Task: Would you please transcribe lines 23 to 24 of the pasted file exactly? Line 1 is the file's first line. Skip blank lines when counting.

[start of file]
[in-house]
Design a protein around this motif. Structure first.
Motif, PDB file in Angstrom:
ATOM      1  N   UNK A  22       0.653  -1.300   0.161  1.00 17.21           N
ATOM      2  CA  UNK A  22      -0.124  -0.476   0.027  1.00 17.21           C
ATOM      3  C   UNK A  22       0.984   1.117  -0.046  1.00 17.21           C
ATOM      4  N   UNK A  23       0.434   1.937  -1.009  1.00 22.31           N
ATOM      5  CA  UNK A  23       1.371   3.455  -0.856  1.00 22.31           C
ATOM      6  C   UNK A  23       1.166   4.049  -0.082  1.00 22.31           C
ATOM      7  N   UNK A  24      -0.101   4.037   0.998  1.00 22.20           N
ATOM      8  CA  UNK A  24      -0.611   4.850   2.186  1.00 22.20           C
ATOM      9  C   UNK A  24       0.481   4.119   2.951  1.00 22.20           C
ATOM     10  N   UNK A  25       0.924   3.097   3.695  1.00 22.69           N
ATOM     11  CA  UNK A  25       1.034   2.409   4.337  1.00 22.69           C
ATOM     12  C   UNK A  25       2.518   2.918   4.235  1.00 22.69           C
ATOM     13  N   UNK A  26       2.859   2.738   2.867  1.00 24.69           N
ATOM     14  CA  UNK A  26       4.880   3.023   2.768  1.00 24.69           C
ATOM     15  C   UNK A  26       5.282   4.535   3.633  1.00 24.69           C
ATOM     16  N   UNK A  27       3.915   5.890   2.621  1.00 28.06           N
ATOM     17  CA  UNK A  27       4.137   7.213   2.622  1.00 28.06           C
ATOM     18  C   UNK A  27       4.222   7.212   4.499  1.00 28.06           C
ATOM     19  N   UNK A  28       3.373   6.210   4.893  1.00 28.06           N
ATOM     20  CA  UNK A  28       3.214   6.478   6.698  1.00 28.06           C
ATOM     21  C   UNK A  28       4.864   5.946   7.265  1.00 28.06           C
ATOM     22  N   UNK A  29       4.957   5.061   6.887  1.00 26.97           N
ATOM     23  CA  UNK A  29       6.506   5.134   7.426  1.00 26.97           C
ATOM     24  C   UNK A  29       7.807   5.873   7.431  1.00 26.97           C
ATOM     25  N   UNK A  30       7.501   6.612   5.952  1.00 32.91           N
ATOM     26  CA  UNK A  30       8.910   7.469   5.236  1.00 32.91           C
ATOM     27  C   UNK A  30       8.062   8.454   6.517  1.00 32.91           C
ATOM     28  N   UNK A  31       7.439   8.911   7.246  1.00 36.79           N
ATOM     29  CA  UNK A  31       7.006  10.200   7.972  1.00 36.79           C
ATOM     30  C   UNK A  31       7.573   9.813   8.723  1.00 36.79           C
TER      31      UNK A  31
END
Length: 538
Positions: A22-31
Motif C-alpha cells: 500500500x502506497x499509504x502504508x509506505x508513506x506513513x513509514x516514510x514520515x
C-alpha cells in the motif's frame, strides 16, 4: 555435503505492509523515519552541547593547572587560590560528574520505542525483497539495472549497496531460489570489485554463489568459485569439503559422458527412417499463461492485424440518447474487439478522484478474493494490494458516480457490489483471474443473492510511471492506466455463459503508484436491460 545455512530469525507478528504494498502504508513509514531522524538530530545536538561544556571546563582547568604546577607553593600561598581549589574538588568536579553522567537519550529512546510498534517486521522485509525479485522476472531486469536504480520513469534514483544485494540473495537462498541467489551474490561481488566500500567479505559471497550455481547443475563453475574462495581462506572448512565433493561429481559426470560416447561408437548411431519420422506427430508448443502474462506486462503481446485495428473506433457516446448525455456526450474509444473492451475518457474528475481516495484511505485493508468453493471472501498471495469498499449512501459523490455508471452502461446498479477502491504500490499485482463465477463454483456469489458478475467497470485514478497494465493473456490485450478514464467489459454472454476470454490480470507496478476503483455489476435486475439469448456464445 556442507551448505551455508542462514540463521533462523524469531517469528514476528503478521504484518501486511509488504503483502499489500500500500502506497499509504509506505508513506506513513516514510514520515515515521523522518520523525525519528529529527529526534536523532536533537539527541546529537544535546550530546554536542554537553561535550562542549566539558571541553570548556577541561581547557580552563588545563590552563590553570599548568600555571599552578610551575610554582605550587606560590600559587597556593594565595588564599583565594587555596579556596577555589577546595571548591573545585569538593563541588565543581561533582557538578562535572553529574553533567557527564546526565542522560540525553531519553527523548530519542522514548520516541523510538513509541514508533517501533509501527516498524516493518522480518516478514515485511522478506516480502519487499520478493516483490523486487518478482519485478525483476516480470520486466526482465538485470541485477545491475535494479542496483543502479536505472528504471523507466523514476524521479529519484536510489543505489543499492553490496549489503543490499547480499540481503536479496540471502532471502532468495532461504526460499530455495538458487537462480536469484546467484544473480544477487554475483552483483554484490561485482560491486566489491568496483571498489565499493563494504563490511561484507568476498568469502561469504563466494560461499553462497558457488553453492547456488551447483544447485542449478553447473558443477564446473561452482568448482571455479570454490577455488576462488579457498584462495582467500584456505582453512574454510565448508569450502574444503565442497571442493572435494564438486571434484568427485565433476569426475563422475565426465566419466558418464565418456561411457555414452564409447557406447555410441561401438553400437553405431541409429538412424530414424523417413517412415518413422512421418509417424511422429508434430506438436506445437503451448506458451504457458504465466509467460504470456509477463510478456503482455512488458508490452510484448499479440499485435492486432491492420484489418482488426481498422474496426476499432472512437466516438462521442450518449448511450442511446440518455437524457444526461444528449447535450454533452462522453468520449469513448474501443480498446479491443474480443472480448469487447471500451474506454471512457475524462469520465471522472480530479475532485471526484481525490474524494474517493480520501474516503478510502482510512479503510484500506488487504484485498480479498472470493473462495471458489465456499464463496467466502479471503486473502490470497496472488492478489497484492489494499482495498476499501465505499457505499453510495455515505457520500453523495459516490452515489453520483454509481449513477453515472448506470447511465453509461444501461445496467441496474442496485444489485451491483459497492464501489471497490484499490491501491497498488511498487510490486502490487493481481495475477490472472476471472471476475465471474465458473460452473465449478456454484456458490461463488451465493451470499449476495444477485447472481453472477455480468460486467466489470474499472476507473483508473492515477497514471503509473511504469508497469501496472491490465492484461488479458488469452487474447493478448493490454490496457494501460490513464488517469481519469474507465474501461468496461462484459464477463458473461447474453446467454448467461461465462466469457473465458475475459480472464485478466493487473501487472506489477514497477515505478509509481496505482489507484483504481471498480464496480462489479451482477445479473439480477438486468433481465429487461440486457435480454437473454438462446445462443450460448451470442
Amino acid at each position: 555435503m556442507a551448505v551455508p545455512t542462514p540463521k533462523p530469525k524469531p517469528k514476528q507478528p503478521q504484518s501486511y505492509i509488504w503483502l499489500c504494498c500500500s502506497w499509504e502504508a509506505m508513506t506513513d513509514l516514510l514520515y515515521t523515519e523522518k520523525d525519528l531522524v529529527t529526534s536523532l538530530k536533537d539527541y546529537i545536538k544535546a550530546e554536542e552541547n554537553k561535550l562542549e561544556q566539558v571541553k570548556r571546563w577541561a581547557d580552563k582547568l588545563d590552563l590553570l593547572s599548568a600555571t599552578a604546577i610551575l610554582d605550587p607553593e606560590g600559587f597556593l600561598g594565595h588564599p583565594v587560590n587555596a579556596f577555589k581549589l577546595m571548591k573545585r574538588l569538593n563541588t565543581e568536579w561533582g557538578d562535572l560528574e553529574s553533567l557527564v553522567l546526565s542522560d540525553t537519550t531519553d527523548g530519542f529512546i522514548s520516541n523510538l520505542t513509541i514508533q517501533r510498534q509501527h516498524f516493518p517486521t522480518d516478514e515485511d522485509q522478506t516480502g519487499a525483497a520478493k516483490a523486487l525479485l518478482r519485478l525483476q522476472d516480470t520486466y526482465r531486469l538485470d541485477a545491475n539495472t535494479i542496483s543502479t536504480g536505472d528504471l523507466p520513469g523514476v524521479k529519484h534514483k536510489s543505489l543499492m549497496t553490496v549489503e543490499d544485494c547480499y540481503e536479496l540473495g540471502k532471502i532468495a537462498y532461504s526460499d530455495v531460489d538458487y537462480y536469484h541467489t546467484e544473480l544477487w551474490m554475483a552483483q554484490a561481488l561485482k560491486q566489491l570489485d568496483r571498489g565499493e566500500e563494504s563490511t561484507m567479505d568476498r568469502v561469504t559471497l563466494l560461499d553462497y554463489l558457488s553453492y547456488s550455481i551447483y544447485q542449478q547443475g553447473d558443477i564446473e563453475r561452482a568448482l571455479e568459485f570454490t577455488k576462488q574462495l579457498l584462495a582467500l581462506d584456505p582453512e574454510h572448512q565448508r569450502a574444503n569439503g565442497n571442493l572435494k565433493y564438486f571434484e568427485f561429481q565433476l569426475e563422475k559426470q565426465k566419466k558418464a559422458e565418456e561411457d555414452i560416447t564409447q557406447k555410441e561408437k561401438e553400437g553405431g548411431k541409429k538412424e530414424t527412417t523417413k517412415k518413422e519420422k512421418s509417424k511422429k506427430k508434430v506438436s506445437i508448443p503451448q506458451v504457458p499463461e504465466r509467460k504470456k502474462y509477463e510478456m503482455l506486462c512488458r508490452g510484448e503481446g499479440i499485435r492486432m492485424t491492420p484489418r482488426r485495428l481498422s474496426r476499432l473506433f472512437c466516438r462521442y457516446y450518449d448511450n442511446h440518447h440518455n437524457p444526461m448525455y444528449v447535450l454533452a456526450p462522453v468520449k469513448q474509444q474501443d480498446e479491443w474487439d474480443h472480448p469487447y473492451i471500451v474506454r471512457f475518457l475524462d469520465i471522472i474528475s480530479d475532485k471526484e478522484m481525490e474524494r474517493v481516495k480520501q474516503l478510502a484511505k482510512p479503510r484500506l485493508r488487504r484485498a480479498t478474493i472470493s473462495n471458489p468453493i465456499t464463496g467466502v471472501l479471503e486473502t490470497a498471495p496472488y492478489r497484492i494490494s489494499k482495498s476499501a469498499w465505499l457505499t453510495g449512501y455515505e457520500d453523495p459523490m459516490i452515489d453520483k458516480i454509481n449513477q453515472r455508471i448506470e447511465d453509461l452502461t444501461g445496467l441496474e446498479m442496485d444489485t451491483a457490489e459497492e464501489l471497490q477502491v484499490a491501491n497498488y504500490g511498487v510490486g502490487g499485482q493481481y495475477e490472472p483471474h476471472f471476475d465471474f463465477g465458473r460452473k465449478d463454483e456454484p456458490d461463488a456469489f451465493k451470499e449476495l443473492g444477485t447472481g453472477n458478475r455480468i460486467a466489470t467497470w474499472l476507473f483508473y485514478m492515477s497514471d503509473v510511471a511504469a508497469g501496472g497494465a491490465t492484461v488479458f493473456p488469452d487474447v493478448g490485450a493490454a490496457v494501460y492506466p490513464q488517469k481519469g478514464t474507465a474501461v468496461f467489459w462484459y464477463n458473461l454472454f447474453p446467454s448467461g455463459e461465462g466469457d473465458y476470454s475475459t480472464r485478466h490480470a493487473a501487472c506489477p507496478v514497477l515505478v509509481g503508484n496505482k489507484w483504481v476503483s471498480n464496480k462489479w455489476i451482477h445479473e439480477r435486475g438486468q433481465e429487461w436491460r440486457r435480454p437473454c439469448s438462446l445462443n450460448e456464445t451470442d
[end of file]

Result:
ATOM     20  CA  UNK A  28       3.214   6.478   6.698  1.00 28.06           C
ATOM     21  C   UNK A  28       4.864   5.946   7.265  1.00 28.06           C